Rachel Baiman may be a twenty-something commandeering the Nashville music scene, but she sings like an old soul hopping trains from coast to coast. In her plucky, ambitious rewrite of Andy Irvine's "Never Tire Of The Road," Baiman perfectly captures the cautious optimism of the working (wo)man.
Irvine wrote the song in 1991 as a tribute to folk hero Woody Guthrie, who spent much of his life writing music and fighting as an activist. Guthrie took particular aim at fascism and corporate greed. And those themes really hit home for Baiman.
"It feels like simultaneously a song about touring and being on the road, and being a voice of the people and working for justice" Baiman tells Wide Open Country. She went one step further in personalizing the song, adding her own lyrical twist. Baiman says it helped make the song fit her voice and stay modern.
"The third verse was originally about the IWW, the international workers union that was a big deal in Woodie's time," she says. "I asked my brother who is a union organizer to help me rewrite that part. He gave me one of my favorite lines. 'Alone we beg, but together we demand.'"
Baiman reveals she only later heard Irvine's added live verse, in which he tells all the fascists they're bound to lose. "If only I'd known when I recorded it, I might just have to put that verse back into the song," she says.
A plucky banjo line anchors "Never Tire Of The Road" while Baiman's folksy vocal delivery lands perfectly. Check out the exclusive premiere of the track below.
The 27-year-old Baiman sings and plays well beyond her years. She counts John Hartford among her myriad influences. But her cold-pressed vocal style also sounds reminiscent of alt newcomer Courtney Barnett.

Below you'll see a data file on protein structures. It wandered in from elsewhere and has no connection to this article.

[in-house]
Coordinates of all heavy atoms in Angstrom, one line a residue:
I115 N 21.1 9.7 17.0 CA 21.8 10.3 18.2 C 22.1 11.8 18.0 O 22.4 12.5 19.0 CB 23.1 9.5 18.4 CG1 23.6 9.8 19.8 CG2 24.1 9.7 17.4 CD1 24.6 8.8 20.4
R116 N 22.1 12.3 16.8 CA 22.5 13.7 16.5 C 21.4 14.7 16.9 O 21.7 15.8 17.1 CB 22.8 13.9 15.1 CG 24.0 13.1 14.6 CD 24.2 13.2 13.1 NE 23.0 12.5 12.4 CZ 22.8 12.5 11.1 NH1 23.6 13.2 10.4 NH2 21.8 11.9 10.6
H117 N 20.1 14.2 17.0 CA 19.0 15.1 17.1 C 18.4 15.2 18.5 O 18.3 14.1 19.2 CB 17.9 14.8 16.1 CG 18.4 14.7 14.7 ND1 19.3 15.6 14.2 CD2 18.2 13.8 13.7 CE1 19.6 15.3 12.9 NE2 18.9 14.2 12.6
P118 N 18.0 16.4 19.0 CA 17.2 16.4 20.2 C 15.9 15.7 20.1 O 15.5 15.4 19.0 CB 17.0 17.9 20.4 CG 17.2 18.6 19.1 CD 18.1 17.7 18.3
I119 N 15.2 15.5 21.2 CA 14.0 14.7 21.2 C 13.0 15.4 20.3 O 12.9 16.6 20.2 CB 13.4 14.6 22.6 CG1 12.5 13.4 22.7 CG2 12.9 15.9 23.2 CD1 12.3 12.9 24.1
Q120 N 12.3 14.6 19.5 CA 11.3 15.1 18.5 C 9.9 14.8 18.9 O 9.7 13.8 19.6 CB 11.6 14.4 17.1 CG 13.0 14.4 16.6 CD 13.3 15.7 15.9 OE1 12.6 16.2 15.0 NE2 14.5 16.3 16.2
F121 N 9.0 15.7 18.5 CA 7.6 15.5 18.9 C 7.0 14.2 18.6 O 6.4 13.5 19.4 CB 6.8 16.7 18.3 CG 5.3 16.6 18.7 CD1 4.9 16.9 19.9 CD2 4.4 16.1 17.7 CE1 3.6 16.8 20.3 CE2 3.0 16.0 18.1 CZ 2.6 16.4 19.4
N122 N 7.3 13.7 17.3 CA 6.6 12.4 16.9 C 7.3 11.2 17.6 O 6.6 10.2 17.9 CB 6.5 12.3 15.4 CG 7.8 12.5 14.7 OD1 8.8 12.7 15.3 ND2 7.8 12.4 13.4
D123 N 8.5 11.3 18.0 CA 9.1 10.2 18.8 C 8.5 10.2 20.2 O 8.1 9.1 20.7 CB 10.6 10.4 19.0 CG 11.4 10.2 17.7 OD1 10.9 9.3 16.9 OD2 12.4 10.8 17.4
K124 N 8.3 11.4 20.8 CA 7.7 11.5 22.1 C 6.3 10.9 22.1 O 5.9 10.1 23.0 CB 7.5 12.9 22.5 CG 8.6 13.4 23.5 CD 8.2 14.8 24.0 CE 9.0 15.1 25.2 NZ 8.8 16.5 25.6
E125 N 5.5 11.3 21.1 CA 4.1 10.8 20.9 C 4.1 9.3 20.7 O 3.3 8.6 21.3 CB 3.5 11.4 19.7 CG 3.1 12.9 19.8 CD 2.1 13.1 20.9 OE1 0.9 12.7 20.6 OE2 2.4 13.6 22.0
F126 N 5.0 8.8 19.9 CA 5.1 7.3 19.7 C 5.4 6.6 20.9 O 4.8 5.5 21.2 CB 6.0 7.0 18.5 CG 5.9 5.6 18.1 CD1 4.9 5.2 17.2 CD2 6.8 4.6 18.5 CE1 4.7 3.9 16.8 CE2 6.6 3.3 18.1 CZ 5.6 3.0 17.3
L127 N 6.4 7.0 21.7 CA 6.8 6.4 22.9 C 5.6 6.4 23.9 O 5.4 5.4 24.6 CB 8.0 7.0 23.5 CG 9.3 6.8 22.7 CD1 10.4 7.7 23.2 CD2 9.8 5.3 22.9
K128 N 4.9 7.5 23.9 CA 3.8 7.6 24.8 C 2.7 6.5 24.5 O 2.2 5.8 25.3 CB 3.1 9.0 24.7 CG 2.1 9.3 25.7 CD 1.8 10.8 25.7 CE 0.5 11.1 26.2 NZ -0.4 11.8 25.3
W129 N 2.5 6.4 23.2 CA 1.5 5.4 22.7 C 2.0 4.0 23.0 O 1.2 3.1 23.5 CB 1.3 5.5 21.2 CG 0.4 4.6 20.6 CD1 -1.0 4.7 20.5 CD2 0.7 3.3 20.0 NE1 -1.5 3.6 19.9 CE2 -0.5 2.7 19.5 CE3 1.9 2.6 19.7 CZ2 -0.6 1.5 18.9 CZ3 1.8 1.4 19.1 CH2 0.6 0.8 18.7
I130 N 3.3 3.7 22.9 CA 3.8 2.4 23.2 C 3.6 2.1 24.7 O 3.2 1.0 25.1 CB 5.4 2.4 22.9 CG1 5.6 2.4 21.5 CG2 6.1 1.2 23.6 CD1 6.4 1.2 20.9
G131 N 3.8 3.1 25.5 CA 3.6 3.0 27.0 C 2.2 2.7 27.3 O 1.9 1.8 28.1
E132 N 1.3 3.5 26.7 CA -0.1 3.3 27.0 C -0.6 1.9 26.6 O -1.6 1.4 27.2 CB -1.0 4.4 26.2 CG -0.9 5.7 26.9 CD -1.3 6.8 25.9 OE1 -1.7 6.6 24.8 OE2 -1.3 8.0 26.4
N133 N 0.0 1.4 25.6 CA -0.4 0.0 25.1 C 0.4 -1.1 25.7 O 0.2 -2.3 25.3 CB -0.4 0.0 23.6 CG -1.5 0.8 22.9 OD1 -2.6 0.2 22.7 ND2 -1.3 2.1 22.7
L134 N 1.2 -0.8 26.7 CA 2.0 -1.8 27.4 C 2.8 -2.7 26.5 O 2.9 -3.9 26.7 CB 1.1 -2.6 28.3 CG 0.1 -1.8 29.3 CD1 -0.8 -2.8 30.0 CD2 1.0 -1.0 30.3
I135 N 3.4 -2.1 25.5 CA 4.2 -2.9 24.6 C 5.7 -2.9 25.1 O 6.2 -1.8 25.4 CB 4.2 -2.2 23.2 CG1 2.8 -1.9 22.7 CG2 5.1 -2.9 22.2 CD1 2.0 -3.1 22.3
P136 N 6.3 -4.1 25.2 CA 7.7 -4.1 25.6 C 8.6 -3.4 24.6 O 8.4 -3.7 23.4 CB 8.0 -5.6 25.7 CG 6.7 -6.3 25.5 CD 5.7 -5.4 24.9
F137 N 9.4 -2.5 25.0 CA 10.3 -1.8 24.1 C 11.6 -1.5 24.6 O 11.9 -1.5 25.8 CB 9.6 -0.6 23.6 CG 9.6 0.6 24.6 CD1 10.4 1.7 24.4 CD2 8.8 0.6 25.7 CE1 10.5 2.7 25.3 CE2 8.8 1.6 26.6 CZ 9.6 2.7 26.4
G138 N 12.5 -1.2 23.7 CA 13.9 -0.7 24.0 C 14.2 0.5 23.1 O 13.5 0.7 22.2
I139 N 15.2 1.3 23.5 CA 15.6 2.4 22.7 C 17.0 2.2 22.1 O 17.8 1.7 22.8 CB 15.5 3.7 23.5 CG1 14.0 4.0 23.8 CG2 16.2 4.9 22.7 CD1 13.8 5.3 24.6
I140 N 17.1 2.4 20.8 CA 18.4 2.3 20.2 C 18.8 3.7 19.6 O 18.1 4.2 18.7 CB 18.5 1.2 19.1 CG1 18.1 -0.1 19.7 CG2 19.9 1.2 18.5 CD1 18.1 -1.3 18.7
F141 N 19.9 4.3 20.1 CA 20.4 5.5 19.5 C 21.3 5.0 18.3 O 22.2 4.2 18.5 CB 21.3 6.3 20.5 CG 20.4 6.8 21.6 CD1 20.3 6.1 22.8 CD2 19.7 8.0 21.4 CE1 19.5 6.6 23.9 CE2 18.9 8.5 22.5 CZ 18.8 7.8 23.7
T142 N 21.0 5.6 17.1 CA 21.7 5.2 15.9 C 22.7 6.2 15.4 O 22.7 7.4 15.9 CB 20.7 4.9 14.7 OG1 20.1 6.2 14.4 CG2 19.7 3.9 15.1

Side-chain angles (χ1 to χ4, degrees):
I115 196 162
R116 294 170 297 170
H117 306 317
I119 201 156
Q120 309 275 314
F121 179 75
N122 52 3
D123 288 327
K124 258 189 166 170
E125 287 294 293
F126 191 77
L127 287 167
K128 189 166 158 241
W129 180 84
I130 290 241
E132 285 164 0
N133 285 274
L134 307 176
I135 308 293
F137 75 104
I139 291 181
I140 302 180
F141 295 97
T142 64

As an instrumentalist, Baiman honed her bluegrass chops on both fiddle and banjo. As a member of fiddle duo 10 String Symphony, Baiman toured internationally and also played for other artists, including Kacey Musgraves.
You can hear all her influences shine through on new solo record Shame, which comes out June 2. Baiman says the songwriting on the album really takes on a new life in the current political climate. As a child, she grew up in a house that embraced social activism. So a music career steeped in the rich tradition of folk activism seems like a natural extension of that upbringing.
Baiman also recently co-founded an organization called Folk Fights Back. The group puts together benefit concerts and awareness events in response to Donald Trump's administration. In other words, she fits right in with a long line of politically charged folk heroes.
"I love the political tradition of folk music, from Woody Guthrie to Tupac," she says. "And my hope is that this record adds another voice to it."
Check out Rachel Baiman on tour this summer and be sure to grab a copy of new album Shame on June 2.
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